Instead of studying leadership, why not spend some time studying leaders and strategies in the wild? You can learn a lot from leadership experts, but you always see the leader and what he or she does through the expert’s personal lens. Supplement that learning with studying real leaders in real life situations and draw your own conclusions. The posts in this series will help you.
Every week I’ll point you to articles by and about real leaders in real situations and to articles about how real companies are faring in the marketplace. Read them. Think about them. Draw your own lessons and conclusions from them. Then try to apply those lessons in your own real life.
This week I’m pointing you to articles about Sears, Home Depot, Nordstrom, General Mills, and Delphi.
“In 1989, Sears Roebuck & Co. ruled America as its biggest retailer. It loomed over rivals from a perch high above Chicago, inside what was once the world’s tallest building—one bearing the company’s name. The fall from that height may finally be nearing an end.”
“The colors of retail have lately come in red for financial losses, black and white for obituaries or maybe shade of gray for the grim struggle to survive in changing times. And then there’s orange.”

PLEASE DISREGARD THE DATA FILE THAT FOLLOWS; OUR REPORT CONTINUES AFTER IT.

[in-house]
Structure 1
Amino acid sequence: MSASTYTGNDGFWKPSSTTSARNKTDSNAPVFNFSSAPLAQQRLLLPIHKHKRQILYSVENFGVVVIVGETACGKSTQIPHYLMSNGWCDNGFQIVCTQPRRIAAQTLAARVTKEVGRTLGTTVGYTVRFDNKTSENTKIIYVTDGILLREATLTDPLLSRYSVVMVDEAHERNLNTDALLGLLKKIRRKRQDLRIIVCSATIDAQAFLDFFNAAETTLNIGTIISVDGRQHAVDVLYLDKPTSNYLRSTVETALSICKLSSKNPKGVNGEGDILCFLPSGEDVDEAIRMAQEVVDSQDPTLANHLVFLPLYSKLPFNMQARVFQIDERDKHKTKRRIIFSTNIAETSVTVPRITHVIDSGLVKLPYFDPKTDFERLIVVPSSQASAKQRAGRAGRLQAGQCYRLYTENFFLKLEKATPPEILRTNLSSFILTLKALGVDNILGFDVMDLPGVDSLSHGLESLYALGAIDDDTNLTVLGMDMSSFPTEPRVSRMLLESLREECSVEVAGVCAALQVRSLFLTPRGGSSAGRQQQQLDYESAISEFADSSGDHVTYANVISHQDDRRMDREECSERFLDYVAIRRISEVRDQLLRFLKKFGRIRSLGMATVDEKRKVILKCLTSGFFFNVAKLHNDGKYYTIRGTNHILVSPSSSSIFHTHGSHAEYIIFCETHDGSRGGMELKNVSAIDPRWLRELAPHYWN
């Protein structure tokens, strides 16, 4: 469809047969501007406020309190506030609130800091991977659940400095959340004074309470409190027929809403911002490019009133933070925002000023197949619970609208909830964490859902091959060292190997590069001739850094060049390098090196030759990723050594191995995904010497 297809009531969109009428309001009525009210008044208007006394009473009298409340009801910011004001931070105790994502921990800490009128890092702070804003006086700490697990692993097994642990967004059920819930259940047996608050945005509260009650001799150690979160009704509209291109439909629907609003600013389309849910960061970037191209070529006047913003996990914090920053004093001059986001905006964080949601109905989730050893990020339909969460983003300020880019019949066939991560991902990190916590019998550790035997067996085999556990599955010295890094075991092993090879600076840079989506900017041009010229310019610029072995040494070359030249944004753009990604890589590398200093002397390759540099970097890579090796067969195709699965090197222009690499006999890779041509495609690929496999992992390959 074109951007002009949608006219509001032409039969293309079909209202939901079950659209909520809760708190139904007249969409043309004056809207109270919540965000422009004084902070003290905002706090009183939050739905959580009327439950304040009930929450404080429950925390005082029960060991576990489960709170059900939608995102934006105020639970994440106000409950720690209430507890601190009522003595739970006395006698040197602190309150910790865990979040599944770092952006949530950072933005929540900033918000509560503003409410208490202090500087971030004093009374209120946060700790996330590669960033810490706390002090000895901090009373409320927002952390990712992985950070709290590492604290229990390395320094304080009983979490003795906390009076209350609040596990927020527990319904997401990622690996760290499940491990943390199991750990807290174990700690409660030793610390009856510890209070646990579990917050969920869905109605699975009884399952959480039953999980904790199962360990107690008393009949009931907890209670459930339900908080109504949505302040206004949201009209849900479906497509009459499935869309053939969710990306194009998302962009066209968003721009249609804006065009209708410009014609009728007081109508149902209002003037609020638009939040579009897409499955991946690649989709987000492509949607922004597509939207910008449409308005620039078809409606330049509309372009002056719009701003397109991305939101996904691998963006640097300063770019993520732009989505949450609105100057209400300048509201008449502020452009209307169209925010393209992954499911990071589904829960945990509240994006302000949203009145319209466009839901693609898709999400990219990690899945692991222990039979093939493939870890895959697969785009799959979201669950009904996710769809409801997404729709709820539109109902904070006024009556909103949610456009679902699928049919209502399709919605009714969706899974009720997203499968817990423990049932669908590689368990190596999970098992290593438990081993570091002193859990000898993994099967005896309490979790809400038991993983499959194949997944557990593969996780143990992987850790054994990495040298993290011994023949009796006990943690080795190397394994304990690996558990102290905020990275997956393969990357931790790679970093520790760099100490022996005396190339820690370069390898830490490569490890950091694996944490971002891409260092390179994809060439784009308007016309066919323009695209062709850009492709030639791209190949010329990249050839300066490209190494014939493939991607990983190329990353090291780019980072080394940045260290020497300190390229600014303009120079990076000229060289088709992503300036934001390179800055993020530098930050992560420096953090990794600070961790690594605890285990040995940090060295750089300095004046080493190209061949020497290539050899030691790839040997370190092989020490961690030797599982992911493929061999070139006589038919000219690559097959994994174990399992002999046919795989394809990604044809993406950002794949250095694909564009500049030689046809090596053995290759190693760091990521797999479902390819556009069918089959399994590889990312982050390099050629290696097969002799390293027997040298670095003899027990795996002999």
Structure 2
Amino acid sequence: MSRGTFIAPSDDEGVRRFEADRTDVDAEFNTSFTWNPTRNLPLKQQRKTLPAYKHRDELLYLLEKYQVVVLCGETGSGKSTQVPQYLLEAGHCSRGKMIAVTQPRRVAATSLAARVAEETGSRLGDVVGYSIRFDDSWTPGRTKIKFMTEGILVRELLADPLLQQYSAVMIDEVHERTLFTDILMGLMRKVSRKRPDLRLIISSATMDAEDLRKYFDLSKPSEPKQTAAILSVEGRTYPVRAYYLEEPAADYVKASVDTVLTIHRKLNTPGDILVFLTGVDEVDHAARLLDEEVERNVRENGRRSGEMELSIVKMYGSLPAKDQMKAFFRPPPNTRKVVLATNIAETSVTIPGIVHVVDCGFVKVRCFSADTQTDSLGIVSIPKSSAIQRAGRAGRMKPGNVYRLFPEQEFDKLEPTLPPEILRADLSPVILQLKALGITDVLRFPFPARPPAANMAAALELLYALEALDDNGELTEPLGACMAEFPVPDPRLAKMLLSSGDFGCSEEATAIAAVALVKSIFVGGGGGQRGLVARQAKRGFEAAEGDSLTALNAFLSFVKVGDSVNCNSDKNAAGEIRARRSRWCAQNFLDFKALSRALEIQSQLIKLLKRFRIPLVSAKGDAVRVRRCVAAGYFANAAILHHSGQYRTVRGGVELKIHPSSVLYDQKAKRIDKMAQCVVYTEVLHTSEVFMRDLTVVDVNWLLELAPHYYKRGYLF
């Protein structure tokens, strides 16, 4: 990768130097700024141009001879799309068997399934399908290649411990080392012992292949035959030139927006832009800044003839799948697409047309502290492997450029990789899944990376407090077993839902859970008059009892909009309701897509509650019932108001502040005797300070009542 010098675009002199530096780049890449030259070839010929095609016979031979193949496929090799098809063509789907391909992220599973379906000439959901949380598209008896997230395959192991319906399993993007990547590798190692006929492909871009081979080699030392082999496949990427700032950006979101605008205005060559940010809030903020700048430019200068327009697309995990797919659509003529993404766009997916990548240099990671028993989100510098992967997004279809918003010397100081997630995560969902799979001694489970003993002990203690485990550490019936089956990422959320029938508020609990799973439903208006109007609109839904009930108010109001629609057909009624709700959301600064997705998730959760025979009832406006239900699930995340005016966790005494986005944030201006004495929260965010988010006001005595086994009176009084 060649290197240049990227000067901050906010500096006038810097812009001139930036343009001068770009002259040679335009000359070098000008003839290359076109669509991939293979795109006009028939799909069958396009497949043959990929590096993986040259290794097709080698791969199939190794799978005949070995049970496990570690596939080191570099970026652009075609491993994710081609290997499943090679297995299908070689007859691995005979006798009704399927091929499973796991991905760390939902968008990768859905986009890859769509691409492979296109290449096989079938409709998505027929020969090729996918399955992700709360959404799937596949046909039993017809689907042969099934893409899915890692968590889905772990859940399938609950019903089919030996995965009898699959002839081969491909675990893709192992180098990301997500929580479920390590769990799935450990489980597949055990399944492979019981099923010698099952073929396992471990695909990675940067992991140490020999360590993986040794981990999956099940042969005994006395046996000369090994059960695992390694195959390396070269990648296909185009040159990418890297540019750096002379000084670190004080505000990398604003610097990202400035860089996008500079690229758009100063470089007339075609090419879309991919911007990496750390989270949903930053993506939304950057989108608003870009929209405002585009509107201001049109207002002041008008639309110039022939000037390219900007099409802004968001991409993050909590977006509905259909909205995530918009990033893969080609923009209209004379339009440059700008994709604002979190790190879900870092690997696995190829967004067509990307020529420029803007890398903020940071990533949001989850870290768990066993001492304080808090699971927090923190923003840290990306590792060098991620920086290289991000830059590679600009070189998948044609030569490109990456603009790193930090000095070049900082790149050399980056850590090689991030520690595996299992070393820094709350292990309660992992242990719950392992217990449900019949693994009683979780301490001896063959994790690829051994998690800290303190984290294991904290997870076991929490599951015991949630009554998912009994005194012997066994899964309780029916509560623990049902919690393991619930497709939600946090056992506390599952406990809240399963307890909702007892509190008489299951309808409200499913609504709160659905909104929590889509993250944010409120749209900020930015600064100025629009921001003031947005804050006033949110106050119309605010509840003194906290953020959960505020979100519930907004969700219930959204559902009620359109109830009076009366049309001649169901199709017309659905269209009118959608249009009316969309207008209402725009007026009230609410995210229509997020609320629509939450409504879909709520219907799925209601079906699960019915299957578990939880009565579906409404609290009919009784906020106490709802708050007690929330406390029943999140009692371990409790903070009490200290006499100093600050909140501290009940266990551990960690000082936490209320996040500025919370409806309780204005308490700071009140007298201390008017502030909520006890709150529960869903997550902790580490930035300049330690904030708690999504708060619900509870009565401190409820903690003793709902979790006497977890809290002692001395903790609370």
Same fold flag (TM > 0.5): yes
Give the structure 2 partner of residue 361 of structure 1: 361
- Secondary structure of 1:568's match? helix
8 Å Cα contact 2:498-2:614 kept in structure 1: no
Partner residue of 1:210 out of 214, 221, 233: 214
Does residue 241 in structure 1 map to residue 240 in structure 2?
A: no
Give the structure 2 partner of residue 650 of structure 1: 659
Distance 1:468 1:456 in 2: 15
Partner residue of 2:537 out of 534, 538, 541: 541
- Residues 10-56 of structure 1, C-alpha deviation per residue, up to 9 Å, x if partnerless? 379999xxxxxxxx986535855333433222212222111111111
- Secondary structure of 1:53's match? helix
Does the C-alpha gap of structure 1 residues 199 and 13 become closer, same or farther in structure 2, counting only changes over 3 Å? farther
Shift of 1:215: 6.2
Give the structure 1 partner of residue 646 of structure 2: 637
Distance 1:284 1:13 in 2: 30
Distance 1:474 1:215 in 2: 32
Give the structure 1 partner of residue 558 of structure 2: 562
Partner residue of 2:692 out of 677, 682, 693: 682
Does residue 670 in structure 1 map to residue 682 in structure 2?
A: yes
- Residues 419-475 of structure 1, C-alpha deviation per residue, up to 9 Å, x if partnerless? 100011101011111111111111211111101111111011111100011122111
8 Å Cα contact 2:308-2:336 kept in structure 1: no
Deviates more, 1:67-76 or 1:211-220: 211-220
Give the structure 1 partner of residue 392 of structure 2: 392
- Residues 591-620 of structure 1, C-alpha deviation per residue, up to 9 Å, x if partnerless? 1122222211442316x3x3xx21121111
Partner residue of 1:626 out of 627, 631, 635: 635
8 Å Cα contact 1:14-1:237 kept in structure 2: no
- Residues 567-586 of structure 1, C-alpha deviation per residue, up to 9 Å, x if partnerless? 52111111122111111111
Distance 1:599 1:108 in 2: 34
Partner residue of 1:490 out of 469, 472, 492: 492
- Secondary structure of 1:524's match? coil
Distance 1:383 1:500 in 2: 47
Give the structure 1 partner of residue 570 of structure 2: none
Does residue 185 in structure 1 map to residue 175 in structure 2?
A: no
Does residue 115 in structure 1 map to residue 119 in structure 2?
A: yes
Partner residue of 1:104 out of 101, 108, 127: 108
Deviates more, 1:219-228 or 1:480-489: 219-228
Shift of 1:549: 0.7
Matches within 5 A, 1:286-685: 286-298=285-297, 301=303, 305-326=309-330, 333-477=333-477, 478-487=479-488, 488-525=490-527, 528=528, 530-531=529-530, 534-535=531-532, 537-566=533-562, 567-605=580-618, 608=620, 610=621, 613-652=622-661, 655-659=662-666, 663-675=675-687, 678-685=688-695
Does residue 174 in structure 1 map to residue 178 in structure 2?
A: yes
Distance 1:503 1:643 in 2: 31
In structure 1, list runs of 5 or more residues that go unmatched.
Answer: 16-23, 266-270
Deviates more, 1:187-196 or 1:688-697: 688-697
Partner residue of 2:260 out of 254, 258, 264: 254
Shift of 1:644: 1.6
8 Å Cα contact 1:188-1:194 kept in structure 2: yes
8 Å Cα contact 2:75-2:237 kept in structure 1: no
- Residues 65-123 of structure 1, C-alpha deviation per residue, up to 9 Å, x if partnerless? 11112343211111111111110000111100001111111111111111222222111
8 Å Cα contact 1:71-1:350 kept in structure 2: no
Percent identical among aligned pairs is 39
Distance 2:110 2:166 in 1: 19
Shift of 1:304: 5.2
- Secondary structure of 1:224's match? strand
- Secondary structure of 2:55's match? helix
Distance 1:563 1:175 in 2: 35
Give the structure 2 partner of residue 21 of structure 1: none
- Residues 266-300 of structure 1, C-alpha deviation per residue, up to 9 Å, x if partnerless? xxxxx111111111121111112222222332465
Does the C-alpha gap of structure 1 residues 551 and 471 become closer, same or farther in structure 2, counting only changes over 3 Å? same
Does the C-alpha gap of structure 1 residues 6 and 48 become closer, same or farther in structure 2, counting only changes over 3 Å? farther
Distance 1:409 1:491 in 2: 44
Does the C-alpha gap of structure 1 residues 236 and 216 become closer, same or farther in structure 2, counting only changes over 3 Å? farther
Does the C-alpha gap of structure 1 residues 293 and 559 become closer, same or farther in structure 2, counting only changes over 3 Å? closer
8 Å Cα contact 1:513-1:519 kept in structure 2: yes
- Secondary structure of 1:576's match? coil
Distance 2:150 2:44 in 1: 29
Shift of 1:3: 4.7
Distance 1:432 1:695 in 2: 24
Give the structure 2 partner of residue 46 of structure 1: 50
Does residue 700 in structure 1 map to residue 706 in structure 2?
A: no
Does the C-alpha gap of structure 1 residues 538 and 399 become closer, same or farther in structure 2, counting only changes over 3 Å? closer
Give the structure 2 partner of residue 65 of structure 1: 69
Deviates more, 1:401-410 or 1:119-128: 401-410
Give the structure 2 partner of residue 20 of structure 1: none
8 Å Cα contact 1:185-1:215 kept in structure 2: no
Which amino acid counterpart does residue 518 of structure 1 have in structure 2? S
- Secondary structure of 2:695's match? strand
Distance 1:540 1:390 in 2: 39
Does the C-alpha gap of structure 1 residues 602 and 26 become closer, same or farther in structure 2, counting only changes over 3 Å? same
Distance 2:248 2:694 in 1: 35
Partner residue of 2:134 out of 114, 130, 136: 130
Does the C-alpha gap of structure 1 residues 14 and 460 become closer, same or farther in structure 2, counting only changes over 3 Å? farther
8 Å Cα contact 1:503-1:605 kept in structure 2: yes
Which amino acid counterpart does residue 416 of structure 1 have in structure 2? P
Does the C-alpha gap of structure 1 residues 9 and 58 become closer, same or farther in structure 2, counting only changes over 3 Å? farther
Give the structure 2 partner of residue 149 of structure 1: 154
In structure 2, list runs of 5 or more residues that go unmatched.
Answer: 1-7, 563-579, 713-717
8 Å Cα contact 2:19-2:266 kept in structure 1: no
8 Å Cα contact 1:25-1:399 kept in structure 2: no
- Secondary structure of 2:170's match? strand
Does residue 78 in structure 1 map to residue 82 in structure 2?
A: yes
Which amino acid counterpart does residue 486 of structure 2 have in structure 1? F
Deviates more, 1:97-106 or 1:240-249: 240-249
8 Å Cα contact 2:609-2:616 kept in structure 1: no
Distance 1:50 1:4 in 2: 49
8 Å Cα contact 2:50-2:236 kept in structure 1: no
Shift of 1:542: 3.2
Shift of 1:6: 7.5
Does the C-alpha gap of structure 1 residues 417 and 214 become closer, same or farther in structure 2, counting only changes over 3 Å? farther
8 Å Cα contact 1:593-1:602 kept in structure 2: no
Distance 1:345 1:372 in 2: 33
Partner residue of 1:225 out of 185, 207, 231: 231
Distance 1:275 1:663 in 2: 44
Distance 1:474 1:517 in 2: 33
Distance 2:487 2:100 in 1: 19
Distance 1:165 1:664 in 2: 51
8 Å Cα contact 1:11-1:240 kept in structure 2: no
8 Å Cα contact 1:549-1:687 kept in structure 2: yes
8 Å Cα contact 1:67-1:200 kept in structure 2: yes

“But even from a position of relative strength, Nordstrom is struggling to navigate a broad upending of the retail industry, as shopping malls lose their appeal and more customers choose to buy goods online. On Thursday, members of the family that founded Nordstrom in Seattle a century ago — and who still own a substantial portion of its shares — said they were exploring ways to shift the company into private ownership.”
“The company’s Yoplait yogurt brand has foundered, falling behind Chobani—that’s only one problem for the packaged food giant. Can a new CEO calm the waters?”
“But with new technologies turning automobiles into supercomputers on wheels, Delphi is trying to reinvent itself. Over the last several years, it has shed almost all of its old operations, and begun acquiring and investing in high-tech businesses that in many ways are more like Intel than G.M.”